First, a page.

In the 1770s, people who suggested that the king of England had no right to rule America were considered extremists. Even a 2013 Pentagon instructional document declared that "the colonists who sought to free themselves from British rule" were an example of "extremist movements."
In the 1850s, Southerners who suggested freeing the slaves were considered dangerous extremists who were often censored into silence. Northerners who suggested that the South needed to be militarily ravaged were considered extremists, at least until John Brown was awarded sainthood.
In the 1920s, people who suggested that the president should have the power to confiscate citizens' gold were considered extremists — if not communists.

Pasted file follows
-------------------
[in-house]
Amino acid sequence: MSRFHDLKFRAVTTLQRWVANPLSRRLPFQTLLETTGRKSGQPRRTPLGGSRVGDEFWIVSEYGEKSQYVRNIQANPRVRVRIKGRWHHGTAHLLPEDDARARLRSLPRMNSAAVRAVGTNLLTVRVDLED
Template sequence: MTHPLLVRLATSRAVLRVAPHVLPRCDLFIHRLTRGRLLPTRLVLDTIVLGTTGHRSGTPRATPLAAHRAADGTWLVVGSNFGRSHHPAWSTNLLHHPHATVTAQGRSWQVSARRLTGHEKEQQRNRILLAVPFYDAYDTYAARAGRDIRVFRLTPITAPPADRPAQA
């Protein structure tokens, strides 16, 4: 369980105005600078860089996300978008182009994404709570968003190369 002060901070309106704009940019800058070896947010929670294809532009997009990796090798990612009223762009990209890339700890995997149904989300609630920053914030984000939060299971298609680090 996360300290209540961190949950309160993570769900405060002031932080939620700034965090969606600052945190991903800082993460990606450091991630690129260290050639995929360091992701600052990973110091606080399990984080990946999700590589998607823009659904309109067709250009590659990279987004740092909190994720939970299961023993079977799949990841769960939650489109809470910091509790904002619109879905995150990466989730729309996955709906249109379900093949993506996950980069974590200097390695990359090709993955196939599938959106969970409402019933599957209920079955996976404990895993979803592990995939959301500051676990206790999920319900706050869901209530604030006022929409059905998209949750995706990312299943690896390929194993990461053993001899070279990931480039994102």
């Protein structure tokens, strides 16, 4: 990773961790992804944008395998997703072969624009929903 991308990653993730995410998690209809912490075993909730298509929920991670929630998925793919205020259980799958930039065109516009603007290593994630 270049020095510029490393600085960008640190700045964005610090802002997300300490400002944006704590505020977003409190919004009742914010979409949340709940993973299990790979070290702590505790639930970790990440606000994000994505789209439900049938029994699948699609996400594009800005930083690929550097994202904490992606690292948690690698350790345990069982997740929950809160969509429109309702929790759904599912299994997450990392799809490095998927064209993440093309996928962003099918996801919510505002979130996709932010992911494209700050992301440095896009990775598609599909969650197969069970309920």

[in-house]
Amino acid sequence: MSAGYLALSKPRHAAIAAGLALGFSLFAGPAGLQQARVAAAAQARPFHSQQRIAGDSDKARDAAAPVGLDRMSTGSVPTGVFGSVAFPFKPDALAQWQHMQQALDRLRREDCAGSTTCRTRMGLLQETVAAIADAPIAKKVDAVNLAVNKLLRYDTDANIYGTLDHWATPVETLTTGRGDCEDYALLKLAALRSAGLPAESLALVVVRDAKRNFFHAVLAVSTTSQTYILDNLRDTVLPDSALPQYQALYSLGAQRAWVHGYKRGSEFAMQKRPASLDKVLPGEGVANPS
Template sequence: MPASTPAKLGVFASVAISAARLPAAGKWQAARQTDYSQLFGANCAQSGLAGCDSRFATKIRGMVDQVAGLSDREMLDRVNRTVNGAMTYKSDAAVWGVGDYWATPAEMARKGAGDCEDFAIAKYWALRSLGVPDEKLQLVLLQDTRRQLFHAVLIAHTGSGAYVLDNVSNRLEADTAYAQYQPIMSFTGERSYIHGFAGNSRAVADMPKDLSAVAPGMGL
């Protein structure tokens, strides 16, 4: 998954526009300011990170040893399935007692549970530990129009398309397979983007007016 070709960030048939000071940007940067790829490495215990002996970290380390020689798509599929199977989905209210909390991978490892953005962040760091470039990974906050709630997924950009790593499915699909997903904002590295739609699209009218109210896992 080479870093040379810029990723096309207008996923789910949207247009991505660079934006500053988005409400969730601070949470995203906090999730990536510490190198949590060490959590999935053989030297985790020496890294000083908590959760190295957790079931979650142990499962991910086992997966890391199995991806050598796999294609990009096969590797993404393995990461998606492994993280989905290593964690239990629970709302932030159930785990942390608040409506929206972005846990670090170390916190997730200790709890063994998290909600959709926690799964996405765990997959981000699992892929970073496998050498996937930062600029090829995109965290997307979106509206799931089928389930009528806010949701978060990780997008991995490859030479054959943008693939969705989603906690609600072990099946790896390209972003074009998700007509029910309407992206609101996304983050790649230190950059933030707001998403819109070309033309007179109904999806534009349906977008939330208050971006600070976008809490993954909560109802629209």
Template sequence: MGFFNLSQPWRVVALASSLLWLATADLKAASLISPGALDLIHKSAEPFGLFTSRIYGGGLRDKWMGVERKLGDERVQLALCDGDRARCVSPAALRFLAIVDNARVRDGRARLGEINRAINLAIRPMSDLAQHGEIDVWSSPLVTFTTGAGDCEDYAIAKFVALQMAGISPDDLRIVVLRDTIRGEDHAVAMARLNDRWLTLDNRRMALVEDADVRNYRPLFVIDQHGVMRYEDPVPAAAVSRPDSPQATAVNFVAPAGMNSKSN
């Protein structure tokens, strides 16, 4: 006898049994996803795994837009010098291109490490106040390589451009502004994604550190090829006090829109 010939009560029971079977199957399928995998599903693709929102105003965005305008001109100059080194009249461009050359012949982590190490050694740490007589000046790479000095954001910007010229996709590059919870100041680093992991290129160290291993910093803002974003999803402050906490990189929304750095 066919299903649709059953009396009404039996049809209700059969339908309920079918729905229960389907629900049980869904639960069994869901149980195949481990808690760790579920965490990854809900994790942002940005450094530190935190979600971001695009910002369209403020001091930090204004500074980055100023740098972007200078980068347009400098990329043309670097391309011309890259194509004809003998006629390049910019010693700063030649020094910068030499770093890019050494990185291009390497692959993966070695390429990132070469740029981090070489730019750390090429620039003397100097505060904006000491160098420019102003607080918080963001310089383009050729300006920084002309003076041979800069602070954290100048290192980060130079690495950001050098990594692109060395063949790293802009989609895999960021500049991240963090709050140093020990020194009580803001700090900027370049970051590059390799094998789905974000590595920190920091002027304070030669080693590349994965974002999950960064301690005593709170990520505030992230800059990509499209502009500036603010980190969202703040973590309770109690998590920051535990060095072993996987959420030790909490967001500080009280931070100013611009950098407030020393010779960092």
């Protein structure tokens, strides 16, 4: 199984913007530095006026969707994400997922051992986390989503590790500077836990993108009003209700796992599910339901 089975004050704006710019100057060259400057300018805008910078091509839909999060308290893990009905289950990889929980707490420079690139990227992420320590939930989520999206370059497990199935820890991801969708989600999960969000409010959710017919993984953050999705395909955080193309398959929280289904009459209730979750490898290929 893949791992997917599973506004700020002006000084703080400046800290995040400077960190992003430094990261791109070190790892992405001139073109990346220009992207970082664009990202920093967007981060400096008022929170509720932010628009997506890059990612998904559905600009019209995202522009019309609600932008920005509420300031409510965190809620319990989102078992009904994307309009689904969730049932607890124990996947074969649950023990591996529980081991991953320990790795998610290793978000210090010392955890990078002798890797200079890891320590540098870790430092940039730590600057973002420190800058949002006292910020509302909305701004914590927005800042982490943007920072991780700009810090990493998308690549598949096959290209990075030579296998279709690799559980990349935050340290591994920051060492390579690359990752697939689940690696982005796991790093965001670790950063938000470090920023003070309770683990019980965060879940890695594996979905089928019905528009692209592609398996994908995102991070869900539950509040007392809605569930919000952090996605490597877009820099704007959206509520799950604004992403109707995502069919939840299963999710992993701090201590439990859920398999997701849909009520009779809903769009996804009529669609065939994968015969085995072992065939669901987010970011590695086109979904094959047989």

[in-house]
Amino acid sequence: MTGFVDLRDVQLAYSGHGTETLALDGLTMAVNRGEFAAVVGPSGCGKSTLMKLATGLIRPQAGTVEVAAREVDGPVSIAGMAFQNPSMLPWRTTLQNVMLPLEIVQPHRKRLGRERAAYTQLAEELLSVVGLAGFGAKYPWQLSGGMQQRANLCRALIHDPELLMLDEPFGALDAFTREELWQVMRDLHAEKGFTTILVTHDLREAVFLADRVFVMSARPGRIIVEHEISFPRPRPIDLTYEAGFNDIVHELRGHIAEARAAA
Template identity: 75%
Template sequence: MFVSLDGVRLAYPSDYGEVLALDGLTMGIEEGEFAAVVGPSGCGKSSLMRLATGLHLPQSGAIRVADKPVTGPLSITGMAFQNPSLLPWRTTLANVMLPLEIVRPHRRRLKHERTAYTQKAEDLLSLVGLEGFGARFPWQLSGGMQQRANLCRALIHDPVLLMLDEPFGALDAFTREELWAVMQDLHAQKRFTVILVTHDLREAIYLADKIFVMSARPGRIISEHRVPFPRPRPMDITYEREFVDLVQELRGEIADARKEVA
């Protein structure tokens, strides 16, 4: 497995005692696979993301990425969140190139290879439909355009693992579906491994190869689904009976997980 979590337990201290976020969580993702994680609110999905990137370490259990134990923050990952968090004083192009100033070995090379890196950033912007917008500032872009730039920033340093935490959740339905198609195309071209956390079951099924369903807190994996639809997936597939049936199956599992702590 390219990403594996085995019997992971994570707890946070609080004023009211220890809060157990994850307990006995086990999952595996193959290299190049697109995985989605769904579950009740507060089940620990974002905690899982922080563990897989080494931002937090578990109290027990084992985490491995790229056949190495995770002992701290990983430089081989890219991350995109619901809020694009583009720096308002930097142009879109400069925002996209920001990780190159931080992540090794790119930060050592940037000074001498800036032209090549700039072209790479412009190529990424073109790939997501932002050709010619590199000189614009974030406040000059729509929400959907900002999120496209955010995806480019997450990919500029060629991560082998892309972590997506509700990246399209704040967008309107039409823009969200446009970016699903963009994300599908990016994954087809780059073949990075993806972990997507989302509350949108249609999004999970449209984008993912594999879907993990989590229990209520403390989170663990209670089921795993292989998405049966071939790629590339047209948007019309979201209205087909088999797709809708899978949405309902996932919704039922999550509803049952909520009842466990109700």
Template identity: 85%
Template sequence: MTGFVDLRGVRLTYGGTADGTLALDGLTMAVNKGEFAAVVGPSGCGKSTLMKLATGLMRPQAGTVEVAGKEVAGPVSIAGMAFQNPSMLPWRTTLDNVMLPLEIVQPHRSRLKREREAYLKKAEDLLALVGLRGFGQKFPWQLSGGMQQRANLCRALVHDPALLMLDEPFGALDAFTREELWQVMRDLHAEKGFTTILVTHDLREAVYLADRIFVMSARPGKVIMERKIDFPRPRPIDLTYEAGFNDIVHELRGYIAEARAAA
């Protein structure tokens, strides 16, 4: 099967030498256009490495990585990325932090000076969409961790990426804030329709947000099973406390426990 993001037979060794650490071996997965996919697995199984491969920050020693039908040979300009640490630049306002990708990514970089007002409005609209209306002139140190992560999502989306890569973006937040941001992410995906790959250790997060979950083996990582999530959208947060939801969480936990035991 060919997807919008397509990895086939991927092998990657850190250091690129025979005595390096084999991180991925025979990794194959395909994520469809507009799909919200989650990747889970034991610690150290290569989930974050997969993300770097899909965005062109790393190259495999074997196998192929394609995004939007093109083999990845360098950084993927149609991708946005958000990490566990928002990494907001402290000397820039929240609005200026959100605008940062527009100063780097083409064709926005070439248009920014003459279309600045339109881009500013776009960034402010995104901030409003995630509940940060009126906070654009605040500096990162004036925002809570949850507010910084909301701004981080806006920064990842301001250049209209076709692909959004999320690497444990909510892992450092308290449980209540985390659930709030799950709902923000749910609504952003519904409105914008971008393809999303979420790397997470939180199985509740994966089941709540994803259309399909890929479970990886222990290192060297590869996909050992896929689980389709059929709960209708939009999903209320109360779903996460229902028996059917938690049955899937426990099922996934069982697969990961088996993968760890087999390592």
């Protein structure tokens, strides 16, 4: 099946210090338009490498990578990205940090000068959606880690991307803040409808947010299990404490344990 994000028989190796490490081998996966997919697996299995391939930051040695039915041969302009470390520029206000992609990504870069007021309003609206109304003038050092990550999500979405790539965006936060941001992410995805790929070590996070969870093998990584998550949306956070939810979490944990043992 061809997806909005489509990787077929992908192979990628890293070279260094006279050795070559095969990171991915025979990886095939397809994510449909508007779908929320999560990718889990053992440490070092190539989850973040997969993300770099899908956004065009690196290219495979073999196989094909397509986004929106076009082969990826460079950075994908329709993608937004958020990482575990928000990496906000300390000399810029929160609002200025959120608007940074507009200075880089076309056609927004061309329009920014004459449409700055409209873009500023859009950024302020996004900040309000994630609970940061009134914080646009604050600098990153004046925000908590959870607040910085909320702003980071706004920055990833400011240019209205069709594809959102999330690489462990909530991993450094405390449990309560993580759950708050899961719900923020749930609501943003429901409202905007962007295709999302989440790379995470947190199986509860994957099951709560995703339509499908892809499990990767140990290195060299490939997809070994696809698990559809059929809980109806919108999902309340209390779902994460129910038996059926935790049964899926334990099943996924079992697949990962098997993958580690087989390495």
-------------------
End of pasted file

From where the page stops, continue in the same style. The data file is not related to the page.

After 1934, people who denounced the federal confiscation of Americans' gold were often considered extremists.
In the post–World War Two era, presidents routinely invoked fighting "extremism" to sanctify their killings or smear their critics.
In 1952, when Republicans criticized the Korean War as useless, President Harry Truman condemned "reckless and irresponsible Republican extremists" and "the false version of history that has been copyrighted by the extremists in the Republican Party." But the lies and atrocities that permeated the U.S. military campaign in Korea were sufficiently widely recognized to destroy Truman's presidency.